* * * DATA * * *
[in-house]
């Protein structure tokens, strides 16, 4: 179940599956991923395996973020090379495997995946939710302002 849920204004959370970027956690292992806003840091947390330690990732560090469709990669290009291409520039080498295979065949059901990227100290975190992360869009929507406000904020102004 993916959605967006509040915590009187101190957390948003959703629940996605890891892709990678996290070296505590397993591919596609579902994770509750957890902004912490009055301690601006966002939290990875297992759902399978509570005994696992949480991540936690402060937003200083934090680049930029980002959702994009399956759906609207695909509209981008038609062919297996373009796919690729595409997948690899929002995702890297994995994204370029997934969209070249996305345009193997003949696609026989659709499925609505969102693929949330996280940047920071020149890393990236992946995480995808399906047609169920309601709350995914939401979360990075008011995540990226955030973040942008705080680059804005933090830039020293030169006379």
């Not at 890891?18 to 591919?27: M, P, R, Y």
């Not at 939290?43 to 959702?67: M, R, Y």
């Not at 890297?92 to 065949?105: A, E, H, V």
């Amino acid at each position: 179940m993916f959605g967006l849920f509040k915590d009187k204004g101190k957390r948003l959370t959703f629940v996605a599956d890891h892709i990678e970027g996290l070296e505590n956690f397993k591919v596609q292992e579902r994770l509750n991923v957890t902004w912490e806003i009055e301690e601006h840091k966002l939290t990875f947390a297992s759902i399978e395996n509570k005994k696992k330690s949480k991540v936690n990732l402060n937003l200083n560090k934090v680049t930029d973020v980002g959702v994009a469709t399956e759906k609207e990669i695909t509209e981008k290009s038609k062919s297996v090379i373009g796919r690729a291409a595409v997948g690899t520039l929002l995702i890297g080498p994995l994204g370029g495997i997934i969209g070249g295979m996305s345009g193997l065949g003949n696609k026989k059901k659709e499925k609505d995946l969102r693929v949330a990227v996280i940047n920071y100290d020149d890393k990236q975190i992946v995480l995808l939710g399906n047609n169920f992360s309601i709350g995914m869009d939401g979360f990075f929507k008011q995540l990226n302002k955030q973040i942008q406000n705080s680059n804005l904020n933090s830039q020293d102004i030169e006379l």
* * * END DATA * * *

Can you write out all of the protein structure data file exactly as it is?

[in-house]
């Protein structure tokens, strides 16, 4: 179940599956991923395996973020090379495997995946939710302002 849920204004959370970027956690292992806003840091947390330690990732560090469709990669290009291409520039080498295979065949059901990227100290975190992360869009929507406000904020102004 993916959605967006509040915590009187101190957390948003959703629940996605890891892709990678996290070296505590397993591919596609579902994770509750957890902004912490009055301690601006966002939290990875297992759902399978509570005994696992949480991540936690402060937003200083934090680049930029980002959702994009399956759906609207695909509209981008038609062919297996373009796919690729595409997948690899929002995702890297994995994204370029997934969209070249996305345009193997003949696609026989659709499925609505969102693929949330996280940047920071020149890393990236992946995480995808399906047609169920309601709350995914939401979360990075008011995540990226955030973040942008705080680059804005933090830039020293030169006379």
């Not at 890891?18 to 591919?27: M, P, R, Y």
């Not at 939290?43 to 959702?67: M, R, Y």
């Not at 890297?92 to 065949?105: A, E, H, V």
């Amino acid at each position: 179940m993916f959605g967006l849920f509040k915590d009187k204004g101190k957390r948003l959370t959703f629940v996605a599956d890891h892709i990678e970027g996290l070296e505590n956690f397993k591919v596609q292992e579902r994770l509750n991923v957890t902004w912490e806003i009055e301690e601006h840091k966002l939290t990875f947390a297992s759902i399978e395996n509570k005994k696992k330690s949480k991540v936690n990732l402060n937003l200083n560090k934090v680049t930029d973020v980002g959702v994009a469709t399956e759906k609207e990669i695909t509209e981008k290009s038609k062919s297996v090379i373009g796919r690729a291409a595409v997948g690899t520039l929002l995702i890297g080498p994995l994204g370029g495997i997934i969209g070249g295979m996305s345009g193997l065949g003949n696609k026989k059901k659709e499925k609505d995946l969102r693929v949330a990227v996280i940047n920071y100290d020149d890393k990236q975190i992946v995480l995808l939710g399906n047609n169920f992360s309601i709350g995914m869009d939401g979360f990075f929507k008011q995540l990226n302002k955030q973040i942008q406000n705080s680059n804005l904020n933090s830039q020293d102004i030169e006379l």